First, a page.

Harriet Tubman by Jean M. Humez
The Life and the Life Stories (Wisconsin Studies in Autobiography)

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Synopsis

    Harriet Tubman’s name is known world-wide and her exploits as a self-liberated Underground Railroad heroine are celebrated in children’s literature, film, and history books, yet no major biography of Tubman has appeared since 1943. Jean M. Humez’s comprehensive Harriet Tubman is both an important biographical overview based on extensive new research and a complete collection of the stories Tubman told about her life—a virtual autobiography culled by Humez from rare early publications and manuscript sources. This book will become a landmark resource for scholars, historians, and general readers interested in slavery, the Underground Railroad, the Civil War, and African American women.
    Born in slavery in Maryland in or around 1820, Tubman drew upon deep spiritual resources and covert antislavery networks when she escaped to the north in 1849. Vowing to liberate her entire family, she made repeated trips south during the 1850s and successfully guided dozens of fugitives to freedom. During the Civil War she was recruited to act as spy and scout with the Union Army. After the war she settled in Auburn, New York, where she worked to support an extended family and in her later years founded a home for the indigent aged. Celebrated by her primarily white antislavery associates in a variety of private and public documents from the 1850s through the 1870s, she was rediscovered as a race heroine by woman suffragists and the African American women’s club movement in the early twentieth century. Her story was used as a key symbolic resource in education, institutional fundraising, and debates about the meaning of "race" throughout the twentieth century.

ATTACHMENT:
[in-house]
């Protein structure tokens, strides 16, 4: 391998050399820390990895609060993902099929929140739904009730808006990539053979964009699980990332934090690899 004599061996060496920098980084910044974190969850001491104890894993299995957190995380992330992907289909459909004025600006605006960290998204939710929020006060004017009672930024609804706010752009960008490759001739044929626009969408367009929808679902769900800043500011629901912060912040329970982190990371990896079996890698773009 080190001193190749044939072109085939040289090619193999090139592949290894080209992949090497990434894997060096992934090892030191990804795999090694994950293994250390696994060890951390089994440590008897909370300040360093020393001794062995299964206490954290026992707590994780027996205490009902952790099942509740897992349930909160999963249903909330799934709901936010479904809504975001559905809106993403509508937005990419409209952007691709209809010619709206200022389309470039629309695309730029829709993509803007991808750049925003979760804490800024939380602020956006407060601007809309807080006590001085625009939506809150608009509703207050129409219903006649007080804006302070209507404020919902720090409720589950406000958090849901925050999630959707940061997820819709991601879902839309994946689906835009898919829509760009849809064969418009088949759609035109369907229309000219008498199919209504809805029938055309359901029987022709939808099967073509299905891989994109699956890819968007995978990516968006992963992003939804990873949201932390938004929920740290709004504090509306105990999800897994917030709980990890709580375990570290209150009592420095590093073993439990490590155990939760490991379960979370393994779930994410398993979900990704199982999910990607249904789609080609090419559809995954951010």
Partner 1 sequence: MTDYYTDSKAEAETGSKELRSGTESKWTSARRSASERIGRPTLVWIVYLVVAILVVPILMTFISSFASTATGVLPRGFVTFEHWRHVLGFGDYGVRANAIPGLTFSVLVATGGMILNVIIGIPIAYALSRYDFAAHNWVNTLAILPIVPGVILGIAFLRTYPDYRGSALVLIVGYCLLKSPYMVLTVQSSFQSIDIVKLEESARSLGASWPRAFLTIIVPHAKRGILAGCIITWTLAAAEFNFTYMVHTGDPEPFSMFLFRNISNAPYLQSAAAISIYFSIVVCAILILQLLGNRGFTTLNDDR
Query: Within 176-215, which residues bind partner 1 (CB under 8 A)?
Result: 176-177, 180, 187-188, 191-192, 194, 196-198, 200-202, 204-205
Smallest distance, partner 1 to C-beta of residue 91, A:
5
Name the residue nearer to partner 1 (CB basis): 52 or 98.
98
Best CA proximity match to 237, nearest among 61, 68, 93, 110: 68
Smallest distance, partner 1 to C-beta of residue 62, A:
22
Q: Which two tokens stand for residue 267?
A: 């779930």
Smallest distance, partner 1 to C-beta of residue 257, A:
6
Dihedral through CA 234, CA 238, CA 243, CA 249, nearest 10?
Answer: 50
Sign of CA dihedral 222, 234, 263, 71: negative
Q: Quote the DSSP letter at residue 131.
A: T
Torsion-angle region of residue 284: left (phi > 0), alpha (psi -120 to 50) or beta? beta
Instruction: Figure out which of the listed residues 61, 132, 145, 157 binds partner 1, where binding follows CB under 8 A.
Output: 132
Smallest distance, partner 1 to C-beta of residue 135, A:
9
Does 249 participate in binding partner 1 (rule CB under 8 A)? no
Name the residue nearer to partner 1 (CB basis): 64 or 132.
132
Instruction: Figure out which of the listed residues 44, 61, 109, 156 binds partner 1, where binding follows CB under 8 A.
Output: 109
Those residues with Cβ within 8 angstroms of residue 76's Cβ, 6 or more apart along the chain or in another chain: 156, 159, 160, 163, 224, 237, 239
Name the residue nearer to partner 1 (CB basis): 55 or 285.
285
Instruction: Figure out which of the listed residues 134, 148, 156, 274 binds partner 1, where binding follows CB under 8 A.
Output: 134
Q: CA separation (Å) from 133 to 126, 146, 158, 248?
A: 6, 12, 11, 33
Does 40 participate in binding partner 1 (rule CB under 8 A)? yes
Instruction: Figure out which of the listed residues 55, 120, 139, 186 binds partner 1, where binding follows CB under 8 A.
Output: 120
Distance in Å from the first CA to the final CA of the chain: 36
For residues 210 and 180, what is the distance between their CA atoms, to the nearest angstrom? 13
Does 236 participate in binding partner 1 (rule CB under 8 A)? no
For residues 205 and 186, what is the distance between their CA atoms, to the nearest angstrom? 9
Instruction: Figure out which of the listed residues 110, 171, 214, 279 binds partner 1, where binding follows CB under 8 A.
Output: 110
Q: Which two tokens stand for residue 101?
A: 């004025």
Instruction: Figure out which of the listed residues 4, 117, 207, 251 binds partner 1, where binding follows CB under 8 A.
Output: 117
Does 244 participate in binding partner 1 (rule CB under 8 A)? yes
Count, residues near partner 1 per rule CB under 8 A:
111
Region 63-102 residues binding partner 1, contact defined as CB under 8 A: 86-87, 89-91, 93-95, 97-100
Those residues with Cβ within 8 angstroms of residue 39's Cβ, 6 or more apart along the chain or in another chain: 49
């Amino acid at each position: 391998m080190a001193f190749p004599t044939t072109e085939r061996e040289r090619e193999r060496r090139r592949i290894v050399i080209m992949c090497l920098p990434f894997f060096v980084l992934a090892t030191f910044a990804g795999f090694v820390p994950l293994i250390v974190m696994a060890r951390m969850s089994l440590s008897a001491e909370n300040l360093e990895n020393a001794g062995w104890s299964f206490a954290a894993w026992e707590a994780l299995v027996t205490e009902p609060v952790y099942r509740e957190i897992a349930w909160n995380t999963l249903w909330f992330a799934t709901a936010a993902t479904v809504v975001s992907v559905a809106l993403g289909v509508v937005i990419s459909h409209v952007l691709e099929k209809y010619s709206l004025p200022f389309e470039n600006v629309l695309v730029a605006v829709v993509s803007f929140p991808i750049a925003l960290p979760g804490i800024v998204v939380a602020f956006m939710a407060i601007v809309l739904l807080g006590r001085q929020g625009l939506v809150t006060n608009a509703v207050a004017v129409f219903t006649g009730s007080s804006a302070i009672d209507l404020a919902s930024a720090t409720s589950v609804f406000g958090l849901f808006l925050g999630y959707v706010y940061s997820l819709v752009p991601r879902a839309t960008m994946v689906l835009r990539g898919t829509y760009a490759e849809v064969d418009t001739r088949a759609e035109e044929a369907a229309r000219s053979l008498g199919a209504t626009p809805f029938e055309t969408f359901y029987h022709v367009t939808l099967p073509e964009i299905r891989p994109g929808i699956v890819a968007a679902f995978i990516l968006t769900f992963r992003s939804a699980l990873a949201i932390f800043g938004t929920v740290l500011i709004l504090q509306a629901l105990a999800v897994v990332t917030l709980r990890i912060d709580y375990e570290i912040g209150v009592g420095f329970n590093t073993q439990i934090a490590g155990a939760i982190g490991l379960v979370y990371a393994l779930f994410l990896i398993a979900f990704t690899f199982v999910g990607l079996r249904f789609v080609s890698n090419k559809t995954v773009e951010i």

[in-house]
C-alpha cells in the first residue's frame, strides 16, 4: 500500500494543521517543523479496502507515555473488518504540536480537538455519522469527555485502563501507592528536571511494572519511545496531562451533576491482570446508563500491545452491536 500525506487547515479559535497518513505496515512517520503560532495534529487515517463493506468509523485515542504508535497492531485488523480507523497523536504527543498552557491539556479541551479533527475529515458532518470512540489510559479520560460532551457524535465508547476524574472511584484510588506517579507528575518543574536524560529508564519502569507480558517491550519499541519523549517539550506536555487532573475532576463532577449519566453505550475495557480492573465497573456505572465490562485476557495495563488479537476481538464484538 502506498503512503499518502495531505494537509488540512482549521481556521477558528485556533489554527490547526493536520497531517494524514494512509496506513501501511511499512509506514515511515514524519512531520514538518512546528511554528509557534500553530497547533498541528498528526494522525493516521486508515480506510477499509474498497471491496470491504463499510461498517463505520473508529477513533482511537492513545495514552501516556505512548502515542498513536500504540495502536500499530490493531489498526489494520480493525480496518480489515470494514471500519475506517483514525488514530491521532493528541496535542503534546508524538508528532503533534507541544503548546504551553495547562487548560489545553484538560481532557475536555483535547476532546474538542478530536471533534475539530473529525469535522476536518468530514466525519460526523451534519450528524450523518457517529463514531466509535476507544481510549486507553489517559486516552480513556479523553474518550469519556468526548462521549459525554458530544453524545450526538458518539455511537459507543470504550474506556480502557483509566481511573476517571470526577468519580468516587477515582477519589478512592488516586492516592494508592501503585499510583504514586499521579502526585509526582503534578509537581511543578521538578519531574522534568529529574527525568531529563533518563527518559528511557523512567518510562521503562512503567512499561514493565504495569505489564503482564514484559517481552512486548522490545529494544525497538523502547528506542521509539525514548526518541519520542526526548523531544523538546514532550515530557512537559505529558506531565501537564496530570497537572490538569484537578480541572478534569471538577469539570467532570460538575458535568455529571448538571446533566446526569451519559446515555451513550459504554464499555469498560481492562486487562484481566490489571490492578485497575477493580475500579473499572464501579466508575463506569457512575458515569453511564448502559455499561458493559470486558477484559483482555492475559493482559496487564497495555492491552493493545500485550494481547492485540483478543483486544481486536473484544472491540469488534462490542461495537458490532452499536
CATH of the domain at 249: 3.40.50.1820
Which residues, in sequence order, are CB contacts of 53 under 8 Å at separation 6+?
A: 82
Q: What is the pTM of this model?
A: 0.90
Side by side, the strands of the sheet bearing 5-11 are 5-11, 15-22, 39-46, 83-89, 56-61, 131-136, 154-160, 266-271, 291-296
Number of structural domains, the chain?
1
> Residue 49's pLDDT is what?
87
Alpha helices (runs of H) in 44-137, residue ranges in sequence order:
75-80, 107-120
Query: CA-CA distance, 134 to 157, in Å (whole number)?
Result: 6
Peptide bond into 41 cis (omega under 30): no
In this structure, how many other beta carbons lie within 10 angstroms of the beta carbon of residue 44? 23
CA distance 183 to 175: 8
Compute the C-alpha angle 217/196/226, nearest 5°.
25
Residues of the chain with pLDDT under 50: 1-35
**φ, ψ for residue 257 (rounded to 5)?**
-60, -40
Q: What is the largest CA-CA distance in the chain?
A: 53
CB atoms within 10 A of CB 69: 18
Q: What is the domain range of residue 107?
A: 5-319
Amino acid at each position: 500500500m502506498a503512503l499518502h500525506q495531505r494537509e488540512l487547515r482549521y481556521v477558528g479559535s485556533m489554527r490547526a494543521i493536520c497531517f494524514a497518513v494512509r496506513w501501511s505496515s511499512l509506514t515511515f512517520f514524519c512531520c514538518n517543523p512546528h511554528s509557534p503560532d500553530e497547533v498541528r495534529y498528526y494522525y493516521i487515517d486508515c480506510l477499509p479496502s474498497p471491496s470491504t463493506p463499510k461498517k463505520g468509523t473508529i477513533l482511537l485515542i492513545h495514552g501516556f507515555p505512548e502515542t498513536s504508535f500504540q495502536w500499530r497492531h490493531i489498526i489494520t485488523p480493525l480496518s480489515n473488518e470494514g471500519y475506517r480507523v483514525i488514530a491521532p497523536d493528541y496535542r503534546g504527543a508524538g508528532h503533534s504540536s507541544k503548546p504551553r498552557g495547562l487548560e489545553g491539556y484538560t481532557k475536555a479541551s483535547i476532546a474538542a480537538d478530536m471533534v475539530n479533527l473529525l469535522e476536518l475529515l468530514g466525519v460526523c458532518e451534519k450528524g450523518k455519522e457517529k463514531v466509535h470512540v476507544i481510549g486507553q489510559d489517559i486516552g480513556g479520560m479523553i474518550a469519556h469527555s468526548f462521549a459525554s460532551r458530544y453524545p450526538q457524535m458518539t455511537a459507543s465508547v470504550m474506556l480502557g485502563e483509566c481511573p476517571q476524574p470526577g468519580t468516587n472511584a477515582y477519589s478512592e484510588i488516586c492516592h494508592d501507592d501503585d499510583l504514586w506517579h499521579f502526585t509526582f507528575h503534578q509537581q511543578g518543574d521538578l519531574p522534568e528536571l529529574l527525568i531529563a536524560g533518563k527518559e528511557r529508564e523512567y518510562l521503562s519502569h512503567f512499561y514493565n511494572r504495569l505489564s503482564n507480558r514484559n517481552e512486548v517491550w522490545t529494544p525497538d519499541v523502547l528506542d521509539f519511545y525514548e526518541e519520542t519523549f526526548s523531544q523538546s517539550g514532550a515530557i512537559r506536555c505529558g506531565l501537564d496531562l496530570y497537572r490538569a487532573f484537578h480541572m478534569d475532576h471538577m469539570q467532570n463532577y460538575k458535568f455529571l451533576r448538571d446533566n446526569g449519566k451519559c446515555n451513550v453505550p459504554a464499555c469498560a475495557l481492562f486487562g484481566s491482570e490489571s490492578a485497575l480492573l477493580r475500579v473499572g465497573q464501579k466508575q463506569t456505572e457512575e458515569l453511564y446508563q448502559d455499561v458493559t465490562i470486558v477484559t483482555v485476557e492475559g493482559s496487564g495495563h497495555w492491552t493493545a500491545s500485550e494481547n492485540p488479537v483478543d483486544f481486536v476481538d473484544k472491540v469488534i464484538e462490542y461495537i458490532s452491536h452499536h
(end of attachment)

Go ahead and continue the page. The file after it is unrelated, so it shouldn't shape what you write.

Humez includes an extended discussion of Tubman’s work as a public performer of her own life history during the nearly sixty years she lived in the north. Drawing upon historiographical and literary discussion of the complex hybrid authorship of slave narrative literature, Humez analyzes the interactive dynamic between Tubman and her interviewers. Humez illustrates how Tubman, though unable to write, made major unrecognized contributions to the shaping of her own heroic myth by early biographers like Sarah Bradford. Selections of key documents illustrate how Tubman appeared to her contemporaries, and a comprehensive list of primary sources represents an important resource for scholars.

 

About Jean M. Humez

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Jean M. Humez is professor of women’s studies at the University of Massachusetts–Boston, author of Gifts of Power and Mother’s First-Born Daughters, and coeditor of Gender, Race, and Class in the Media. She has written numerous articles on African American women’s spiritual autobiographies and on mediated autobiographical texts.
 
Published January 1, 2004 by University of Wisconsin Press. 464 pages
Genres: Biographies & Memoirs, History, Political & Social Sciences, War. Non-fiction

Unrated Critic Reviews for Harriet Tubman

Publishers Weekly

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Conductor of the Underground Railroad for eight years, Harriet Tubman famously boasted that she could say what most conductors couldn't:I never run my train off the track and I never lost a passenge

Nov 17 2003 | Read Full Review of Harriet Tubman: The Life and ...

Publishers Weekly

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Conductor of the Underground Railroad for eight years, Harriet Tubman famously boasted that she could say what most conductors couldn't:""I never run my train off the track and I never lost a passenger."" The quote fits with the popular image of Tubman as the courageous, inspired""Moses of Her Pe...

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St. Louis Today

In "Harriet Tubman: The Life and the.

Feb 14 2010 | Read Full Review of Harriet Tubman: The Life and ...

Project MUSE

Situating Tubman's biography within the growing national crisis over slavery, in Part One Humez compiles accounts of Tubman's history, not with the intent of offering a definitive biography, but rather an interpretative outline that carefully brings multiple accounts of Tubman's life into convers...

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Project MUSE

In addition, by assembling and publishing most of the extant documentation about Tubman, and critically assessing its reliability, Humez has laid a foundation for future scholars of Tubman, fugitive slaves, and African Americans in nineteenth-century America.

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